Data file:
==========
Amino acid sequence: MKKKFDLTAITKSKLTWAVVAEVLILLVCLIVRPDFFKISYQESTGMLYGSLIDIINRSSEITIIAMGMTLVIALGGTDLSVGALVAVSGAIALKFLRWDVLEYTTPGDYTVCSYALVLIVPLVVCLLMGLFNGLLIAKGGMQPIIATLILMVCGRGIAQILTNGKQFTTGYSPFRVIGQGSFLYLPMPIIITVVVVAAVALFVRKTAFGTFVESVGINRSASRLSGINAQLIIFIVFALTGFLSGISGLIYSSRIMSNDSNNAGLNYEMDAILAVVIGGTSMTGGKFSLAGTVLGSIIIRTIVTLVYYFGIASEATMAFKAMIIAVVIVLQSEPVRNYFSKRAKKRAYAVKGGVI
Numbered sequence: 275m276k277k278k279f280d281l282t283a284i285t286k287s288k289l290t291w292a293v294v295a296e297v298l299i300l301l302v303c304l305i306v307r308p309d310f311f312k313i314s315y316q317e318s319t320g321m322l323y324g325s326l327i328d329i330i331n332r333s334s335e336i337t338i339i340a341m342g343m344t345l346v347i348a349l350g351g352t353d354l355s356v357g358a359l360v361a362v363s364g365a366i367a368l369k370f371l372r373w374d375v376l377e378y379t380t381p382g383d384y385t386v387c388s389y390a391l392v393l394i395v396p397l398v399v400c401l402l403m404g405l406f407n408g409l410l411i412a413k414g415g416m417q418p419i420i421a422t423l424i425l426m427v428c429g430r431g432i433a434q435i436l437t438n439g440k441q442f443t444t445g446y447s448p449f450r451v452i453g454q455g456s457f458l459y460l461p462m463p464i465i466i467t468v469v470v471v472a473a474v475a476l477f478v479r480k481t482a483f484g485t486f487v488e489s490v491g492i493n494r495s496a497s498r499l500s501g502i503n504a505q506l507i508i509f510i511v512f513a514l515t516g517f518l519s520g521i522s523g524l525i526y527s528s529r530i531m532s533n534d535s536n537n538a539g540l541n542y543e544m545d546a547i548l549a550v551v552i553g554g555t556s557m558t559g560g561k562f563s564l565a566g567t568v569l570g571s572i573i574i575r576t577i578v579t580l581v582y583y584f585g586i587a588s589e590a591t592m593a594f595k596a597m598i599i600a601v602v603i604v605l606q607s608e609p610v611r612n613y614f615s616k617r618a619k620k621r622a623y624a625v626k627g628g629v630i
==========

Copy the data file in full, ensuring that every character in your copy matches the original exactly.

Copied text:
Amino acid sequence: MKKKFDLTAITKSKLTWAVVAEVLILLVCLIVRPDFFKISYQESTGMLYGSLIDIINRSSEITIIAMGMTLVIALGGTDLSVGALVAVSGAIALKFLRWDVLEYTTPGDYTVCSYALVLIVPLVVCLLMGLFNGLLIAKGGMQPIIATLILMVCGRGIAQILTNGKQFTTGYSPFRVIGQGSFLYLPMPIIITVVVVAAVALFVRKTAFGTFVESVGINRSASRLSGINAQLIIFIVFALTGFLSGISGLIYSSRIMSNDSNNAGLNYEMDAILAVVIGGTSMTGGKFSLAGTVLGSIIIRTIVTLVYYFGIASEATMAFKAMIIAVVIVLQSEPVRNYFSKRAKKRAYAVKGGVI
Numbered sequence: 275m276k277k278k279f280d281l282t283a284i285t286k287s288k289l290t291w292a293v294v295a296e297v298l299i300l301l302v303c304l305i306v307r308p309d310f311f312k313i314s315y316q317e318s319t320g321m322l323y324g325s326l327i328d329i330i331n332r333s334s335e336i337t338i339i340a341m342g343m344t345l346v347i348a349l350g351g352t353d354l355s356v357g358a359l360v361a362v363s364g365a366i367a368l369k370f371l372r373w374d375v376l377e378y379t380t381p382g383d384y385t386v387c388s389y390a391l392v393l394i395v396p397l398v399v400c401l402l403m404g405l406f407n408g409l410l411i412a413k414g415g416m417q418p419i420i421a422t423l424i425l426m427v428c429g430r431g432i433a434q435i436l437t438n439g440k441q442f443t444t445g446y447s448p449f450r451v452i453g454q455g456s457f458l459y460l461p462m463p464i465i466i467t468v469v470v471v472a473a474v475a476l477f478v479r480k481t482a483f484g485t486f487v488e489s490v491g492i493n494r495s496a497s498r499l500s501g502i503n504a505q506l507i508i509f510i511v512f513a514l515t516g517f518l519s520g521i522s523g524l525i526y527s528s529r530i531m532s533n534d535s536n537n538a539g540l541n542y543e544m545d546a547i548l549a550v551v552i553g554g555t556s557m558t559g560g561k562f563s564l565a566g567t568v569l570g571s572i573i574i575r576t577i578v579t580l581v582y583y584f585g586i587a588s589e590a591t592m593a594f595k596a597m598i599i600a601v602v603i604v605l606q607s608e609p610v611r612n613y614f615s616k617r618a619k620k621r622a623y624a625v626k627g628g629v630i